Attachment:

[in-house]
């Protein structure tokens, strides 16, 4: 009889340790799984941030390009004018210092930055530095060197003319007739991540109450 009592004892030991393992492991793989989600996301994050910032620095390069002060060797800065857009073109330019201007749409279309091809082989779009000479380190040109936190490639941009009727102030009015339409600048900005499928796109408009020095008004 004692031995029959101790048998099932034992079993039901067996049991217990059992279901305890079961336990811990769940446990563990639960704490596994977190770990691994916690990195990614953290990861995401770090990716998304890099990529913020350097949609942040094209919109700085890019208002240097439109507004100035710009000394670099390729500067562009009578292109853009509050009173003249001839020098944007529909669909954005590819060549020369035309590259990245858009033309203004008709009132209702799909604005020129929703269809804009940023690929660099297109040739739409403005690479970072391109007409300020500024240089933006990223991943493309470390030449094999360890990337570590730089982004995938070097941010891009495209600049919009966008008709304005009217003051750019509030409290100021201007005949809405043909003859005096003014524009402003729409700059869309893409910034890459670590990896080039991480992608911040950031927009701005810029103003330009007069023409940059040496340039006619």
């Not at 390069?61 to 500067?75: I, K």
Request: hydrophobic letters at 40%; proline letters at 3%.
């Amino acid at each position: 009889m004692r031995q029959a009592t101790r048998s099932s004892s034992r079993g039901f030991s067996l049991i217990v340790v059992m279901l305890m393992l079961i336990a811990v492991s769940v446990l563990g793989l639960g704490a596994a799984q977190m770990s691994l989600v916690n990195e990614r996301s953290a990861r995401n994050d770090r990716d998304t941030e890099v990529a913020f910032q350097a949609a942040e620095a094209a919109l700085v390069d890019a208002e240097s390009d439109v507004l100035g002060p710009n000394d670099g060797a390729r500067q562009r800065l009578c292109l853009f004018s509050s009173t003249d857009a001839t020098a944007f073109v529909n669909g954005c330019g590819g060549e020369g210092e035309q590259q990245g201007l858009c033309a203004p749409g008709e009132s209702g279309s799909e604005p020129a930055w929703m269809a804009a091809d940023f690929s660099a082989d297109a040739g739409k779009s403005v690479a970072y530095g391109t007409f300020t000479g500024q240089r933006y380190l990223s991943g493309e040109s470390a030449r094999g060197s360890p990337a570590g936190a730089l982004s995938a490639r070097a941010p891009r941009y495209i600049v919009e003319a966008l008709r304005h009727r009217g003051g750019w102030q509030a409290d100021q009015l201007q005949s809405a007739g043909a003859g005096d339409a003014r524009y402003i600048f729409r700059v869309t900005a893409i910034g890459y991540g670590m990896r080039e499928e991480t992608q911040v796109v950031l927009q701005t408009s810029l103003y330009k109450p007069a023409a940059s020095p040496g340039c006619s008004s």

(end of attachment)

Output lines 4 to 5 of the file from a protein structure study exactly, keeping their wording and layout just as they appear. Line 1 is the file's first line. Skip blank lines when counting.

Request: hydrophobic letters at 40%; proline letters at 3%.
């Amino acid at each position: 009889m004692r031995q029959a009592t101790r048998s099932s004892s034992r079993g039901f030991s067996l049991i217990v340790v059992m279901l305890m393992l079961i336990a811990v492991s769940v446990l563990g793989l639960g704490a596994a799984q977190m770990s691994l989600v916690n990195e990614r996301s953290a990861r995401n994050d770090r990716d998304t941030e890099v990529a913020f910032q350097a949609a942040e620095a094209a919109l700085v390069d890019a208002e240097s390009d439109v507004l100035g002060p710009n000394d670099g060797a390729r500067q562009r800065l009578c292109l853009f004018s509050s009173t003249d857009a001839t020098a944007f073109v529909n669909g954005c330019g590819g060549e020369g210092e035309q590259q990245g201007l858009c033309a203004p749409g008709e009132s209702g279309s799909e604005p020129a930055w929703m269809a804009a091809d940023f690929s660099a082989d297109a040739g739409k779009s403005v690479a970072y530095g391109t007409f300020t000479g500024q240089r933006y380190l990223s991943g493309e040109s470390a030449r094999g060197s360890p990337a570590g936190a730089l982004s995938a490639r070097a941010p891009r941009y495209i600049v919009e003319a966008l008709r304005h009727r009217g003051g750019w102030q509030a409290d100021q009015l201007q005949s809405a007739g043909a003859g005096d339409a003014r524009y402003i600048f729409r700059v869309t900005a893409i910034g890459y991540g670590m990896r080039e499928e991480t992608q911040v796109v950031l927009q701005t408009s810029l103003y330009k109450p007069a023409a940059s020095p040496g340039c006619s008004s």